Providing resources and trai­ning in the practices and tools of the digital humanities

Workshops & Discussion Sessions

Workshop registration is separate from the rest of the Forum and will open soon.


Wednesday, October 2


2:00-3:00pm
DISCUSSION: How can we use new technology to understand and critique social injustices?

Facilitated by: Taylor Vinson, Georgetown University
Location: Watson Library, Rm 455
Please note: PARTICIPATION IS LIMITED, SEPARATE REGISTRATION REQUIRED.
With emerging technology playing an important role in amplifying social injustices, this discussion will engage participants in considering how to use technology to critically analyze and creatively express social injustices from the past while speculating about the future. The emphasis will be placed on brainstorming real opportunities for intersecting technology, critical art and social justice.


3:30-5:30pm
WORKSHOP: Digital Literacy and Community Engagement: Building a Public Humanities Praxis

Presented by: Julian Chambliss, Professor of English at Michigan State University
Location: Watson Library, Rm 455
Please note: PARTICIPATION IS LIMITED, SEPARATE REGISTRATION REQUIRED.

In this workshop, we explore models for developing a public humanities practice that brings the classroom and the community into dialogue. From small intervention to systemic transformation, a “classroom as platform” model offers the opportunity to empower faculty and enhance student engagement. We will examine how to design a digital humanities praxis that links to the community, how this praxis might enhance teaching and learning, and how such a praxis fits within a broader scholarly narrative.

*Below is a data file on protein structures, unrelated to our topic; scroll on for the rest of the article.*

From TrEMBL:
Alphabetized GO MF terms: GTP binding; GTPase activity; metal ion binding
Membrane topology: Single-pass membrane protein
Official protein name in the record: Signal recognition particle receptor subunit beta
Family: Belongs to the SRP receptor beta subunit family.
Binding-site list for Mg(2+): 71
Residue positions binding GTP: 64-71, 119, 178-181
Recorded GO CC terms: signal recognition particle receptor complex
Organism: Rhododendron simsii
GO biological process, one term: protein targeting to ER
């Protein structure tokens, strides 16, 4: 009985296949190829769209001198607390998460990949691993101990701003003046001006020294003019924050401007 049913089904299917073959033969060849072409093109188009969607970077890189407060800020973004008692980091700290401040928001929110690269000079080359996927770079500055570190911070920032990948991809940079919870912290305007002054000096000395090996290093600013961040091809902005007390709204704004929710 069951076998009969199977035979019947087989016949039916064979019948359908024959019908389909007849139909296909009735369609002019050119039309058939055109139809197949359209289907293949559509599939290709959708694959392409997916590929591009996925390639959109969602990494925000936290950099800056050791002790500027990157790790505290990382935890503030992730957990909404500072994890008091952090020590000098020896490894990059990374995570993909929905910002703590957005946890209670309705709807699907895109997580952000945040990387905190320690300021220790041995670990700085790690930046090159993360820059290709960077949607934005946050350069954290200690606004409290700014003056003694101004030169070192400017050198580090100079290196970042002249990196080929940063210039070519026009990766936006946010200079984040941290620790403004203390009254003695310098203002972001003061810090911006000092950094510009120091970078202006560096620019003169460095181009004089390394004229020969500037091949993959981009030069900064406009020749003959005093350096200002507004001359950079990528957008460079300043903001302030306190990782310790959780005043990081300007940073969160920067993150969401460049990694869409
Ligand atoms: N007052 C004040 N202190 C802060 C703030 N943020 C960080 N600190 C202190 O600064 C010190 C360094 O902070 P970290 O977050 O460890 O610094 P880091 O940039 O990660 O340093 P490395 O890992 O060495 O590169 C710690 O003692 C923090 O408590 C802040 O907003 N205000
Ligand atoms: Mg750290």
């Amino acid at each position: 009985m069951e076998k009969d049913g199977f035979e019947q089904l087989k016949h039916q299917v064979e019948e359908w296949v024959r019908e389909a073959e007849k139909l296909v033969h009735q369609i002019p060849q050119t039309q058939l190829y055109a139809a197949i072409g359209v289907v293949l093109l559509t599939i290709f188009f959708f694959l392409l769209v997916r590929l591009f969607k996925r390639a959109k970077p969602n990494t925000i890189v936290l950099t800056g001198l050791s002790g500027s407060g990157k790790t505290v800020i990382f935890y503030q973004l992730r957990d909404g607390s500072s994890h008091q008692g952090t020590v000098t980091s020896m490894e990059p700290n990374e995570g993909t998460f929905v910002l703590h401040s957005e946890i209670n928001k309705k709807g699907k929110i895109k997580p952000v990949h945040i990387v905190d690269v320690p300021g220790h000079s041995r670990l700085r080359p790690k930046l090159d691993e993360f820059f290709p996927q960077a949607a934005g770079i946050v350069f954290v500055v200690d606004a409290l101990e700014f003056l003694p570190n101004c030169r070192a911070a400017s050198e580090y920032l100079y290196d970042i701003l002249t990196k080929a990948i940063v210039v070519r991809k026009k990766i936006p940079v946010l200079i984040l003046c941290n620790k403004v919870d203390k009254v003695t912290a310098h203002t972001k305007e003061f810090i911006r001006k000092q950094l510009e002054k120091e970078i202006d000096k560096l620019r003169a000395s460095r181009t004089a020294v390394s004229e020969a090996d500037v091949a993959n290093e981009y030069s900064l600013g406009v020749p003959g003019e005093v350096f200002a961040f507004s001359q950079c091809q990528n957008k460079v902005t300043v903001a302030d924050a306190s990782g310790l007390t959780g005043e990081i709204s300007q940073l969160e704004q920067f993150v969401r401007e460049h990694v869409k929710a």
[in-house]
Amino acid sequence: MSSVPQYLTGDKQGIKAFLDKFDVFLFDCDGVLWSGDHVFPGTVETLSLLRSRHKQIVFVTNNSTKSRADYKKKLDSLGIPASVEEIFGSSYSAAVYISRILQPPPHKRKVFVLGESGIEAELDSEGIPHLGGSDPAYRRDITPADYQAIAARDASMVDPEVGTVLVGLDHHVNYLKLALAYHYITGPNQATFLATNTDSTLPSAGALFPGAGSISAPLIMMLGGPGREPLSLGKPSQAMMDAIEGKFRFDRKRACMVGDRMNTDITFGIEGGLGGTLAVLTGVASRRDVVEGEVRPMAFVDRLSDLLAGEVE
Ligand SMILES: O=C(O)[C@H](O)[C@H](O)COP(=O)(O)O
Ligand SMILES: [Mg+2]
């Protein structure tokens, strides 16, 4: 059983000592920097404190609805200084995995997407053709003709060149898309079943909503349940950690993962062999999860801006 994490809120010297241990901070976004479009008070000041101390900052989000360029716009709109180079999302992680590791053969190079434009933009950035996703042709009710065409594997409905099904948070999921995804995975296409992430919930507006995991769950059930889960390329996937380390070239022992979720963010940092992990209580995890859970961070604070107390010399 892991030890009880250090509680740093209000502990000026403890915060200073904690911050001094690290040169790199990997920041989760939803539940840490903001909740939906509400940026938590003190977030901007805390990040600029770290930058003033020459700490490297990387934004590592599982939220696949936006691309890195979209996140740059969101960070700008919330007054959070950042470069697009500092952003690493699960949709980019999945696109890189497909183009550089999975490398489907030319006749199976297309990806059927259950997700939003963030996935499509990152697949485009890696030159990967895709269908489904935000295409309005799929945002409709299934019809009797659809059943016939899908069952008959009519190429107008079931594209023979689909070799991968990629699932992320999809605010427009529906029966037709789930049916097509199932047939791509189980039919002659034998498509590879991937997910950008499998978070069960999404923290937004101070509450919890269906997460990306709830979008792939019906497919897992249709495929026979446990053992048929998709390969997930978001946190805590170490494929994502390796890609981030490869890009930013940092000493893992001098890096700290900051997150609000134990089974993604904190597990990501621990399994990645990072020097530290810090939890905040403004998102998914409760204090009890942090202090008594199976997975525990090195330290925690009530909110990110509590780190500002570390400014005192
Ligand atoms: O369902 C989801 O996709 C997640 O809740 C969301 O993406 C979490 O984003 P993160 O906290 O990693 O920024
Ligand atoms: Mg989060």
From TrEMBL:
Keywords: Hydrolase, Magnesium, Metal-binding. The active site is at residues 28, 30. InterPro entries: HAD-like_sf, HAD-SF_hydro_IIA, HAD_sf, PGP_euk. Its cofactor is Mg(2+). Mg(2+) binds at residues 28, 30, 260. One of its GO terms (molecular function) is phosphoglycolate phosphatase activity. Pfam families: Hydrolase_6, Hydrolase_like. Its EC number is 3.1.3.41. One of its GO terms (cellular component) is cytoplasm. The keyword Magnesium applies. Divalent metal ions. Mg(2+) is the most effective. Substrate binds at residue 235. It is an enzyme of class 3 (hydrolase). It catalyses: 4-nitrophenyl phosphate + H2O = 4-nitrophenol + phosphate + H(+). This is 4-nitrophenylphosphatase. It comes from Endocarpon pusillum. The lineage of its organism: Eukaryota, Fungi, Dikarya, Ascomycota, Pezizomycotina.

Saturday, October 5


10:00am - 4:00pm
WORKSHOP: Lithopia “Smart Village”: Prototyping Parodies of Future Algo-governance

Presented by: Denisa Kera, Marie Curie Research Fellow at the University of Salamanca
Date & Time: Saturday, October 5, 10:00am-4:00pm

Location: Meeting Room C, Lawrence Public Library (707 Vermont Street)
Please note: THIS IS A FULL-DAY WORKSHOP. PARTICIPATION IS LIMITED, SEPARATE REGISTRATION REQUIRED.

This full-day workshop uses the scenario of Lithopia <https://github.com/anonette/lithopia>, a parody of a “smart village”, to explain, perform and offer templates of smart contracts that enable participants to create their own version of dystopia or utopia over future convergences of technologies. We will explore algo-governance and promises of future automation by prototyping smart contracts on the open source blockchain platform Hyperledger Fabric and Composer. These prototypes will serve as probes into issue of bias, justice, and control in code and law and as tools of critical reflection and future scenarios on algorithmic governance, politics, and design.

This workshop is friendly to complete beginners: we will use templates of Hyperledger Fabric/Composer smart contracts (chaincode) that are readable in English to push some extreme scenarios of data governance (evil smart contracts) and then deliberate to what degree we can regulate code (or with code). We will use also Node RED framework to connect the blockchain services with satellite data and IoTs or other open APIs.

Requirements and Preparation:

  • No prior experience in blockchain technologies is needed. To become a Lithopian, please bring your laptop; no need to install anything.
  • The smart contracts respond to various algo-governance challenges.  If you want to prepare, here is a preview of potential policy issues.
  • If you need a quick overview of blockchain/decentralized ledger tech discussions, here is basic vocabulary.